This week our school board met for its annual retreat to establish long-range goals for our district. A few of our goals included improving the graduation rate from 91% to 100% (perhaps not a viable goal, but how can you set a graduation rate goal that’s less that 100%?), developing resources to attract and retain the best teachers in the region, and developing the top academic program in the state. Challenging goals? Of course! But we are serious about accomplishing them. That’s a portion of the vision our school board has established.. We are now in the process of drawing a road map to reach our destination.

Concerning your take on the “biggest legacy of NCLB” is the erosion of trust in educators – I respectfully disagree. There may be erosion in some quarters, but there is elevation in others. I believe the single most significant legacy of NCLB will be the improvement of academic achievement for America’s school children.

Does that mean I believe NCLB is good federal policy? No. I believe is a notch better than mediocre. And it MUST be improved. But it’s clearly better than what we had before, which essentially was next to nothing. At least now, America has a direction – a direction that establishes some minimum academic bar of acceptability. That’s how I look at NCLB – as a minimum set of criteria, a sort of basement level accomplishment for American education. Realistically, American school children should be able to achieve so much more than the limited requirements set forth in NCLB. We’re a great country, a noble county, and “all” our children are capable of more.

Accomplishment of NCLB criteria, when appropriately established, should be a walk in the park for the American education system.

As for the way NCLB measures student achievement – there is no question in my mind that needs to change. Hopefully, the election will bring that change, regardless of which candidate is successful. I’m personally a proponent of the growth model. What’s important in my mind is that no matter what challenge exists for student learning, that the challenge be overcome, and school become a place of meaning for academic accomplishment – meaning that can be measured in … well, meaningful ways.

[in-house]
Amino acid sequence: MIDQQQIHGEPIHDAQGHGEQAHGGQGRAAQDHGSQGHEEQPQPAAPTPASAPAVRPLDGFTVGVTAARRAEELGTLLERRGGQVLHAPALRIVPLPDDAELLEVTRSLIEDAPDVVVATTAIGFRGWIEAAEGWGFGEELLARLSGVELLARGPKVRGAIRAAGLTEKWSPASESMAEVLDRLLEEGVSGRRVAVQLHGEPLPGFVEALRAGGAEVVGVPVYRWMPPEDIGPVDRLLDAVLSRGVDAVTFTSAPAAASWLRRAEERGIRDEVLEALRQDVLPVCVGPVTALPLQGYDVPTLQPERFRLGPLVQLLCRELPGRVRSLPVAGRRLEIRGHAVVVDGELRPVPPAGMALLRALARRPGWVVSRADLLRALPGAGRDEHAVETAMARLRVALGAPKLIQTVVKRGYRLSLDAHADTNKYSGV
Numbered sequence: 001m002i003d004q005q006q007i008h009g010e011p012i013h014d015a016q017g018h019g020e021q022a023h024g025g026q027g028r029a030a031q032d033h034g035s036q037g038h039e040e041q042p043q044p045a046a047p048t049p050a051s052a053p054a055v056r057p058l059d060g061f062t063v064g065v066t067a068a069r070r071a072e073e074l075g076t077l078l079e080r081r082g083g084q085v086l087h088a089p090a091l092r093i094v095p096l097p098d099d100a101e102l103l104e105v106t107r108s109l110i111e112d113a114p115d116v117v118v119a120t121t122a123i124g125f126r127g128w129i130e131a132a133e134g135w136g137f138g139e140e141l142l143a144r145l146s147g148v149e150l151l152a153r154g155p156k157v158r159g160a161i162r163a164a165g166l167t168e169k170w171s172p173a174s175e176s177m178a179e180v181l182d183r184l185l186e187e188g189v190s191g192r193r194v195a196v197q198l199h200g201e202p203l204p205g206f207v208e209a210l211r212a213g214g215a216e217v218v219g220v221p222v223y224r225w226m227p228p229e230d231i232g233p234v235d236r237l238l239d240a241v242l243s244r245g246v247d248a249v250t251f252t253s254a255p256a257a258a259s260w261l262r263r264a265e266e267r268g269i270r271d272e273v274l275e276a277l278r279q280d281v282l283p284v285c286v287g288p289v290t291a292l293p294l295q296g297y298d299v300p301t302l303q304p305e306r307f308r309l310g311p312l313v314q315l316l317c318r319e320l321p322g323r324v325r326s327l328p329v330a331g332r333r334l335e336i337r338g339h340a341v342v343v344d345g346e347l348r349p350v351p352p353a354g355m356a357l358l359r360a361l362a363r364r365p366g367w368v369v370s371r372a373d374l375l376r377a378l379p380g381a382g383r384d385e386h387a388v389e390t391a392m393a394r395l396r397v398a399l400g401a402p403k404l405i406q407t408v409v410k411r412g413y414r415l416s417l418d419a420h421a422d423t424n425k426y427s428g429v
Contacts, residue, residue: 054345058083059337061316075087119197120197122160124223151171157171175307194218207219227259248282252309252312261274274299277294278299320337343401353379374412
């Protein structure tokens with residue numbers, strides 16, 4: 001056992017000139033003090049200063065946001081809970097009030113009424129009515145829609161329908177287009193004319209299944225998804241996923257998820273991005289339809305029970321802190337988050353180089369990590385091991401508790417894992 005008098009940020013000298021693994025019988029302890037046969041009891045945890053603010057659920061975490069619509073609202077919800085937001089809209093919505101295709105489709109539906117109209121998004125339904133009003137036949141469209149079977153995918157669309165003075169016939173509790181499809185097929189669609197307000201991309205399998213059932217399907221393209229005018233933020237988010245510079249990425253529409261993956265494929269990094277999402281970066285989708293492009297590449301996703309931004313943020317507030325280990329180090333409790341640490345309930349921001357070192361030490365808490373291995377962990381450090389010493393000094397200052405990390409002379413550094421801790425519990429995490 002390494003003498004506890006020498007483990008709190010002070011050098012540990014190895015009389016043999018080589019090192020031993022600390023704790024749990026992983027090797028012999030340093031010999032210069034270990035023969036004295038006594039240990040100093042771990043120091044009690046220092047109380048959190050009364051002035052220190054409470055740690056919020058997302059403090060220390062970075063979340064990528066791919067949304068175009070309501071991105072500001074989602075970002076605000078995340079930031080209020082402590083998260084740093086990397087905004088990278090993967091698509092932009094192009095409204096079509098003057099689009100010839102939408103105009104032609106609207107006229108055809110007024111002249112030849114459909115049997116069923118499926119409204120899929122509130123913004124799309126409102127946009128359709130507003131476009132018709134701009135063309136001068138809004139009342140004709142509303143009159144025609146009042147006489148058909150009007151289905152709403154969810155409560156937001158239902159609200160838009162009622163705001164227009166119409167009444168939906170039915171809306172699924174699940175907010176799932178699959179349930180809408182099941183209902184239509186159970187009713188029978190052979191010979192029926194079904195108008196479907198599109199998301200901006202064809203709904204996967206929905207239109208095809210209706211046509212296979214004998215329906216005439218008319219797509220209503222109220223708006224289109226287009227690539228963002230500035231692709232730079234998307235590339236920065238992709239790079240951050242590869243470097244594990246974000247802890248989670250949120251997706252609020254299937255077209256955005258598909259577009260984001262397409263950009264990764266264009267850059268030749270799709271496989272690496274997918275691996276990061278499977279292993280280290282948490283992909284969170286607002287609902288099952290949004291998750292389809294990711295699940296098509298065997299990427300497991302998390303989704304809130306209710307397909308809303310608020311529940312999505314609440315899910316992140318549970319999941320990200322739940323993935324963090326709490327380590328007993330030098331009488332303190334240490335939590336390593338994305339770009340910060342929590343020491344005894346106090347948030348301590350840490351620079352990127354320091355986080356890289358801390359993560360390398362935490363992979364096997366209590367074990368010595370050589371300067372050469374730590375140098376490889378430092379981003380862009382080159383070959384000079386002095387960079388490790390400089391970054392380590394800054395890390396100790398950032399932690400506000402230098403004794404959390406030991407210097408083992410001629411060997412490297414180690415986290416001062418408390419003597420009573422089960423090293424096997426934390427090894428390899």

As for the myth of lazy teachers, I believe the percentage of lazy teachers is equal to the percentage of lazy people in society. I don’t know if that equates to the “vast, vast minority” as you state. I also believe the percentage of teachers that have grown weary or tired of their jobs are likely similar to the percentage of college educated people in America that have become weary or tired of whatever field they have entered.

There is no question that the educational system in America needs great leadership. Thanks for creating a forum to dialog about it.

Fred Deutsch
School Board President
Watertown, SD


We do need to articulate a vision. If we don't we WILL wander. "Not NCLB" is not a vision although it could be a measuring stick of good legislation. The intent is admirable; the letter of the law, disheartening at best. Even so, it did knock us off kilter enough to slightly open an eye to the current state of affairs.